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Travellers take a break from the crowds at the Lufthansa Business Lounge. (Dominik Mentzos)
Travellers take a break from the crowds at the Lufthansa Business Lounge. (Dominik Mentzos)

Are airport lounges worth the price? Add to ...

I am deep undercover at Vancouver International Airport. I’ve paid my $29 (after discount coupon) and am sitting furtively in a corner of the Plaza Premium Lounge (plaza-network.com). While I narrow my eyes and scrutinize the room, the other passengers pretend to ignore me and drink their G&Ts.

Swanky lounges used to be the exclusive preserve of top-class passengers and high-flying points accumulators. Now, as airlines offer day passes and a new breed of independent pay-in facilities emerges, they have become a tempting add-on available to everyone.

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But with one-use fees of up to $75, are they worth it?

My experience with the Plaza in YVR’s international departures – cheese cubes, fried rice and ice-cold white-bread sandwiches in a windowless room – says no. But there is a caveat: This is a temporary lounge, open while Plaza builds a potentially much more inviting facility nearby, complete with baristas, showers and nap rooms.

For now, though, it’s not worth it – especially since this is a comfortable enough airport with free WiFi. And for $29 (or $35 without the coupon) you can get a decent meal at Milestones or a lifetime supply of food-court Timbits.

But great lounges can certainly be a restorative refuge. I’ve reluctantly left private showers, cocktail counters and made-to-order noodle bars in Tokyo, Reykjavik and London (where I was mistakenly admitted to a first-class lounge and spent my time hoarding canapés while waiting to be collared by security).

It’s not all caviar and cognac, though. I’ve experienced lame lounges where soup and crackers substituted for decadent dining and the only entertainment was yesterday’s dog-eared Der Spiegel. From United Club to Air Canada Maple Leaf, not all lounges are created equal.

“Overall, my favourite business lounge is the Virgin Atlantic Heathrow Clubhouse,” says frequent flier John Walton, director of data at flight-search website Routehappy (routehappy.com). “It’s stylish, smart and fun, with a salon, spa, full-service bars and a restaurant.” (His other faves are the JFK Virgin Clubhouse and Finnair’s Helsinki lounge.)

Walton recommends doing your homework before cracking open your wallet.

“Head onto Foursquare or Facebook to find if people are complaining about the facilities. If it’s part of a longer trip, make sure there are showers. And look for recent pictures of the place on a Google image search,” he says. I’d also add loungeexpert.com and the Lounge Buddy app (loungebuddy.com) to your research.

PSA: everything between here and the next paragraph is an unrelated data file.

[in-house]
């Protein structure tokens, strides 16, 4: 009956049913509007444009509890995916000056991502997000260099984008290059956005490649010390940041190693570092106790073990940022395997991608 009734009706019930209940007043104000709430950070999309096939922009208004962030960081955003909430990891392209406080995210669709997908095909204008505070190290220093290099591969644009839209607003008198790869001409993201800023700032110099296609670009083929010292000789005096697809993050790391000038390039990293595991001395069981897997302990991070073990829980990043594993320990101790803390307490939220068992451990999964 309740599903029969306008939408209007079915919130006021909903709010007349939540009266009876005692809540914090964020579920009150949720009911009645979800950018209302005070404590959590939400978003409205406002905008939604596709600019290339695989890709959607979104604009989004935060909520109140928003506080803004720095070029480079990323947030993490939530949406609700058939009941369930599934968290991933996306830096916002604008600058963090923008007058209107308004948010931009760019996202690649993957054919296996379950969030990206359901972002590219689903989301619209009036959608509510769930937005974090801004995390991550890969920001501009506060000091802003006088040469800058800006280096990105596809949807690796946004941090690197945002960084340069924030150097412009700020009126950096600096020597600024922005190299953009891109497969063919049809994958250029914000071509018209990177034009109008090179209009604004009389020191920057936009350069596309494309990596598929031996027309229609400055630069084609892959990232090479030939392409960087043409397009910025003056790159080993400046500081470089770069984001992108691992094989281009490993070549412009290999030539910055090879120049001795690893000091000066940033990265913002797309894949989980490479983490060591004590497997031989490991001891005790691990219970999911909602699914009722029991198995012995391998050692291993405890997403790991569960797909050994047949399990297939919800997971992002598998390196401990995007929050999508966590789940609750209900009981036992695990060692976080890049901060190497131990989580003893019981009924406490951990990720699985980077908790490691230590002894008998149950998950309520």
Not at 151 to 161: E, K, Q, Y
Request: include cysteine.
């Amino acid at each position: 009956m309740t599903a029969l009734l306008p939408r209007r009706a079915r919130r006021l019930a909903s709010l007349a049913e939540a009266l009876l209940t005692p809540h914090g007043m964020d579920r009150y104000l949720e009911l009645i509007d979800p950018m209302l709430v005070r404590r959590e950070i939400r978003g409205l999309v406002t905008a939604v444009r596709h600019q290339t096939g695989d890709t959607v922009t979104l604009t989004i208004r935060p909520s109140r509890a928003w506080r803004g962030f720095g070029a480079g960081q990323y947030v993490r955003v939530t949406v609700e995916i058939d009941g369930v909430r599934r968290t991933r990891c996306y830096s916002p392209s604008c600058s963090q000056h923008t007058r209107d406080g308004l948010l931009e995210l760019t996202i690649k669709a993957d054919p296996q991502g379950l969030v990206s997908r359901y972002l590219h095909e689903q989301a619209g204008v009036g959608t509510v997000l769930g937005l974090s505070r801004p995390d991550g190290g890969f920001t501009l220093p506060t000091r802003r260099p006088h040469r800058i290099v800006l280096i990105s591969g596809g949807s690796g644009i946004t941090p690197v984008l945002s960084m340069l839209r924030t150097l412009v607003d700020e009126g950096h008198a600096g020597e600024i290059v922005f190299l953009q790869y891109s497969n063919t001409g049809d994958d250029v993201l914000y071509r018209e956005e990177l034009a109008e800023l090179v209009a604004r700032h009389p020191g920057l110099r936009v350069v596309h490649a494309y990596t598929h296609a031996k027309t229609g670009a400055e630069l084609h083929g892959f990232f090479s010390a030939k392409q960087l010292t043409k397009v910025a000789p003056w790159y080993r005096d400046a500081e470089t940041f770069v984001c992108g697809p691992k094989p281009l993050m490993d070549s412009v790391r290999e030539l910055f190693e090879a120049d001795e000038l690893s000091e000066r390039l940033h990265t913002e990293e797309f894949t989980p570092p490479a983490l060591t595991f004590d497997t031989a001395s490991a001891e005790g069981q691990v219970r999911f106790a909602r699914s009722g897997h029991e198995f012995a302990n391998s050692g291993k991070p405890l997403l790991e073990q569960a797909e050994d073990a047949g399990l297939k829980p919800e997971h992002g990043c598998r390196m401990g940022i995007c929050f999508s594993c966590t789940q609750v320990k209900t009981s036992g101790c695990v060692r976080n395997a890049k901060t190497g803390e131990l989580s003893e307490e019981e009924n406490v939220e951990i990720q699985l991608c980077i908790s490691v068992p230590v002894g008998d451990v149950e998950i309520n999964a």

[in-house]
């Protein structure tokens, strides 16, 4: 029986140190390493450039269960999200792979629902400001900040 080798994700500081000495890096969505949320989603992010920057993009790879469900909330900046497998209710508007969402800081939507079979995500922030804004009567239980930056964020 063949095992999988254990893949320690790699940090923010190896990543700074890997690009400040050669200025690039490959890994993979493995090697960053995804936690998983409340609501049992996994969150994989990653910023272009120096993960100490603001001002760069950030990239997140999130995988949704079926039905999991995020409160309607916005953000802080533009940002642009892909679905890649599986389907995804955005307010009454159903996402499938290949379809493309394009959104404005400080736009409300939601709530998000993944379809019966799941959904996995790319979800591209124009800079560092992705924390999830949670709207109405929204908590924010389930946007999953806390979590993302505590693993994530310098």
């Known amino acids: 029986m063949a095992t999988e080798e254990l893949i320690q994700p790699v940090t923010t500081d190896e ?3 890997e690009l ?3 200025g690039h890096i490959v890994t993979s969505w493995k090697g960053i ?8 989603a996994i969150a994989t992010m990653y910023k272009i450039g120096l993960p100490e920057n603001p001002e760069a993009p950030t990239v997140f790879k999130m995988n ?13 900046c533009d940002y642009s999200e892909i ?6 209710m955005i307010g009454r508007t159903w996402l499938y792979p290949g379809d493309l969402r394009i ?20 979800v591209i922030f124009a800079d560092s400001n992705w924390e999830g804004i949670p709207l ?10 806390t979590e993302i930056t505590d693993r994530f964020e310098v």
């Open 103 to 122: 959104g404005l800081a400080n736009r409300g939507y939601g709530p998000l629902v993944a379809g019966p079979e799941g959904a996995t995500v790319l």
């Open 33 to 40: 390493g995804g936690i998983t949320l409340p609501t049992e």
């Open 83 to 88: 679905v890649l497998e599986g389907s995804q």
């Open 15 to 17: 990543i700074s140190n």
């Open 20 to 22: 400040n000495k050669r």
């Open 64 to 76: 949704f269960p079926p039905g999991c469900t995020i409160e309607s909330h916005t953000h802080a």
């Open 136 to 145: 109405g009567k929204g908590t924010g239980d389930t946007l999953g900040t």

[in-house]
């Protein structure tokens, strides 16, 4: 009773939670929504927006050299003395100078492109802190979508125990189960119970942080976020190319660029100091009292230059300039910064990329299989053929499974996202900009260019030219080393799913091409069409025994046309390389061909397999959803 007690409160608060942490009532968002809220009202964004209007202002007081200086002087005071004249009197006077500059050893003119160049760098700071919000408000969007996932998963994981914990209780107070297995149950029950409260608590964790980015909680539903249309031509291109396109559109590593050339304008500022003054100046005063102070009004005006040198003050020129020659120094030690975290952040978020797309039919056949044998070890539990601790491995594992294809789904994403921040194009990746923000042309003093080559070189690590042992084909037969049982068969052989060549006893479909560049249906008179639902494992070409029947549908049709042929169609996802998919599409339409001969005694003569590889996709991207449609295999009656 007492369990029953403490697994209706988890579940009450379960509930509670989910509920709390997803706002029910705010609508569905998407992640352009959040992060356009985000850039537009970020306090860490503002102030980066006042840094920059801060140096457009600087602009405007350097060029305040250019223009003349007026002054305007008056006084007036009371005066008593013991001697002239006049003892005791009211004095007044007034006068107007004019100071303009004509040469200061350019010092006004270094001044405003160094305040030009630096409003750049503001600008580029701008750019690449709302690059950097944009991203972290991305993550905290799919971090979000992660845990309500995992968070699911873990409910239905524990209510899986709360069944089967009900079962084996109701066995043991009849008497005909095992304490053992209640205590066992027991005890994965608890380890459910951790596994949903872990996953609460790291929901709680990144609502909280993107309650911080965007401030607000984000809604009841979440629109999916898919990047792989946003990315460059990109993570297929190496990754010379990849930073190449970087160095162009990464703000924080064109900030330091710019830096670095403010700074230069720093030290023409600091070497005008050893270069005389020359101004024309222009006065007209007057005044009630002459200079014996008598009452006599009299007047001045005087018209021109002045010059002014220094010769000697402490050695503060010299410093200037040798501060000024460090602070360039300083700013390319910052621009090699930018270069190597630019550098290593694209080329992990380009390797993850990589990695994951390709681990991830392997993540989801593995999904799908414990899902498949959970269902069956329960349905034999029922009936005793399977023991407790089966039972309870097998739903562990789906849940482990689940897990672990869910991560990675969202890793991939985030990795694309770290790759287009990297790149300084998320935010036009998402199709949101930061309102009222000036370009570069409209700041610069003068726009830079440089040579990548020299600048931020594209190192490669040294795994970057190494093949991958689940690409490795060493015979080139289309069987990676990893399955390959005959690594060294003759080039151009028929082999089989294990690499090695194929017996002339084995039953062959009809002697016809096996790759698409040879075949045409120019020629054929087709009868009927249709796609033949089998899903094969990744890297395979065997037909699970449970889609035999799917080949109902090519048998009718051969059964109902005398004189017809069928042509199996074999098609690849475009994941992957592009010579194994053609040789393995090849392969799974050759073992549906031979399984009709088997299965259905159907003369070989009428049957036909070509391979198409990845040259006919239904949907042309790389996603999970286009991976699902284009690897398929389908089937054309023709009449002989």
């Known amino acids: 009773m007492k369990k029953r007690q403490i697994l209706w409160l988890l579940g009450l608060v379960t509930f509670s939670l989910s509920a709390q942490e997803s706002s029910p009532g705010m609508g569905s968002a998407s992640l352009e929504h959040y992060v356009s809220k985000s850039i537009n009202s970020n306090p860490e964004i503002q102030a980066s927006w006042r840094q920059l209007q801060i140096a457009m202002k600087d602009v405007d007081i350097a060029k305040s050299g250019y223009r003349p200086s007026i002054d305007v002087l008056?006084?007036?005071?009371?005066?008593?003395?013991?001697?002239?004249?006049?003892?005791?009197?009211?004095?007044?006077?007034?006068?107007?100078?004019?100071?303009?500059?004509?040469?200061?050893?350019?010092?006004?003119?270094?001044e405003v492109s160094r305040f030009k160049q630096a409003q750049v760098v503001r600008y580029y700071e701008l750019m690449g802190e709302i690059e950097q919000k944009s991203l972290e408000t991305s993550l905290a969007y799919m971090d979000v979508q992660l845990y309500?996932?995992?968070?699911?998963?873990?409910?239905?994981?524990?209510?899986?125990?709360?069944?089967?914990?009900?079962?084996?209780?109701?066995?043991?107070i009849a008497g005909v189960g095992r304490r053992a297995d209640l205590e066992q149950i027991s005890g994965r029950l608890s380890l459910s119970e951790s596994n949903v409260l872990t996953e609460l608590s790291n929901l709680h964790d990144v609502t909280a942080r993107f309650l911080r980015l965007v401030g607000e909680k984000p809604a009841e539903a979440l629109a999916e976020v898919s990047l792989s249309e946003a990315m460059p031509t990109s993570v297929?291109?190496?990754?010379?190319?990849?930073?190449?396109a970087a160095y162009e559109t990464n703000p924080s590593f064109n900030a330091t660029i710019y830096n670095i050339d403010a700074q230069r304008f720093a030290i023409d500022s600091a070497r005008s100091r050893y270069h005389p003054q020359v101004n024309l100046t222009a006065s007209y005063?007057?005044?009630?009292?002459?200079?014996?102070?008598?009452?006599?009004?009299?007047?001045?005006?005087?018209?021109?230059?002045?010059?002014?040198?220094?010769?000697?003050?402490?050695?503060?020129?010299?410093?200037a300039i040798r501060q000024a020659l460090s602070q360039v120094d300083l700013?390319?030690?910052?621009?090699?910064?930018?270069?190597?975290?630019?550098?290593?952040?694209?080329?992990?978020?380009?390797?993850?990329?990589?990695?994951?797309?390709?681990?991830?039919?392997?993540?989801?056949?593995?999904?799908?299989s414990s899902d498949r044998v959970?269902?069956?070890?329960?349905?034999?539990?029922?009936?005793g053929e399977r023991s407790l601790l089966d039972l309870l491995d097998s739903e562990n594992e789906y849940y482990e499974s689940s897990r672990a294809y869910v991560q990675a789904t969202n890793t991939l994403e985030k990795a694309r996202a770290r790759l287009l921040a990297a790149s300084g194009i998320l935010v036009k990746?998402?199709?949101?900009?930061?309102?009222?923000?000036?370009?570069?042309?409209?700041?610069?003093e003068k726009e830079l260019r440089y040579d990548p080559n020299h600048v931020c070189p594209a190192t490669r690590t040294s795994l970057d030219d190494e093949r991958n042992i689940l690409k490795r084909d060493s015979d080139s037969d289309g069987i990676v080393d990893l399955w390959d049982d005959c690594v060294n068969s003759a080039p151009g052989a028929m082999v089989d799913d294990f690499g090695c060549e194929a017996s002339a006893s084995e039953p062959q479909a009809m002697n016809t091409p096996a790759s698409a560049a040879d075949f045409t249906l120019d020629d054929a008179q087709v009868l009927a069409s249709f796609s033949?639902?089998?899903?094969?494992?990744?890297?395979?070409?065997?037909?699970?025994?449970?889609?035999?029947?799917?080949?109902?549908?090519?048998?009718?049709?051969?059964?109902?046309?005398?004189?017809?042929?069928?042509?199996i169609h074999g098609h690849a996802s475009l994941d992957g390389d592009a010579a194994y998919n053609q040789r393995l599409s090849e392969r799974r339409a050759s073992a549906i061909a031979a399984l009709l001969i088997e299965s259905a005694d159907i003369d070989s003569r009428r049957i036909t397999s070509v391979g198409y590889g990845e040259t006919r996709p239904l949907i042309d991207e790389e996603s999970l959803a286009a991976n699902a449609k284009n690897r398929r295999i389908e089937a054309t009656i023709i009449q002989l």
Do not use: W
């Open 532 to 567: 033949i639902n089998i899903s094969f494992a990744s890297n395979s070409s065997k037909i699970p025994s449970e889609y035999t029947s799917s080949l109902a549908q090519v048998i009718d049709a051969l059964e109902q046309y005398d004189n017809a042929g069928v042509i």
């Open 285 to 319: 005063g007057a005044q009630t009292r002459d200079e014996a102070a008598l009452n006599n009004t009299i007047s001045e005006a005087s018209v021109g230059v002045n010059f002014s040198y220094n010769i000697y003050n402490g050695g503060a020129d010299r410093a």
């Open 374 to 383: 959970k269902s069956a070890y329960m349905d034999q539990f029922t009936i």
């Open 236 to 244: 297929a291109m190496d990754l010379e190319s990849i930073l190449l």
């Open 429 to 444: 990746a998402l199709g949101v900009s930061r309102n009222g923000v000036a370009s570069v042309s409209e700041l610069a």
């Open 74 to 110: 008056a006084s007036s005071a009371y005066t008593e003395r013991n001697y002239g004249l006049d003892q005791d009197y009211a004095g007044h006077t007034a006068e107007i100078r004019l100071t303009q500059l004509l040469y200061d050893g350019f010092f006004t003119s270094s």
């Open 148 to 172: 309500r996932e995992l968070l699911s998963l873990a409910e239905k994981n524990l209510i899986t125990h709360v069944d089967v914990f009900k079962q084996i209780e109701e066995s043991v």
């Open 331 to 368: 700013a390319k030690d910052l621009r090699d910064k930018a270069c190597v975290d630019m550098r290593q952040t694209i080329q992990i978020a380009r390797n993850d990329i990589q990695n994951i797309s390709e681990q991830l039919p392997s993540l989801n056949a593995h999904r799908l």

Lounge access is typically a perk of frequent-flyer status or specific credit cards, but Walton has also looked at buying annual memberships. “I’ve never made the maths add up, though. If you’re flying enough to get value from it, you’re probably flying enough to earn status and get free lounge entry anyway.”

If you are tempted, one-year Maple Leaf Lounge membership starts at $365. Priority Pass packages (prioritypass.com) include more than 600 lounges around the world from just $99 (U.S.). Alternatively, you can pick up one-day passes at loungepass.com.

You can also clip coupons. Donna McSherry runs the popular Sleeping in Airports website (sleepinginairports.net), which has lounge listings plus some printable discounts. “I like the idea of paid lounges,” she says, “It means economy-class travellers now have the option when they especially need some quiet and comfort.”

But McSherry agrees that research is essential. “There are definitely different standards of airline lounges and independent, paid-access lounges. For both, you can find luxurious options with buffets and showers or simple lounges offering only nice seats and light snacks.”

Back in my Vancouver lounge, it’s time to hit the gate. But since I’ve paid $29 to be here, I guzzle a final Merlot for the road. Now, where are those cheese cubes again?

OUR READERS WRITE

  • If you live in area of the country where almost all flights more than two hours or outside Canada require a connection through a hub airport, airline lounge access is definitely worth the expense. Patrick Kinnear
  • I’m an AC million-mile flier. One of my perks is lifetime access to Star Alliance lounges and, at my age (74), this is a perk worth paying for – believe me. My wife and I fly from YVR to YYZ often; we always book an early morning flight, arriving well ahead of departure time, so we can have a leisurely breakfast and a long read of the G&M. By the time we board we are well rested, composed and ready for the five-hour flight. Tony Gardiner
  • It doesn’t get any better than the Lufthansa first class terminal in Frankfurt! @HolidayBakerMan
  • Virgin Atlantic’s flagship lounge at Heathrow. Included spa treatment and jacuzzi, anyone? @TripStyler
  • They make life easier on five-hour transit stops. I like the BA, VA and QF lounges because they feed you well. JAL/Skyteam suck @misstravels
  • I read about YVR’s distinguished visitor’s lounge the other day – seems like a genius idea for family/friends travelling together @nikkibayley
  • The Wing – Cathay Pacific’s flagship lounge in Hong Kong – is unparalleled. @candicebest

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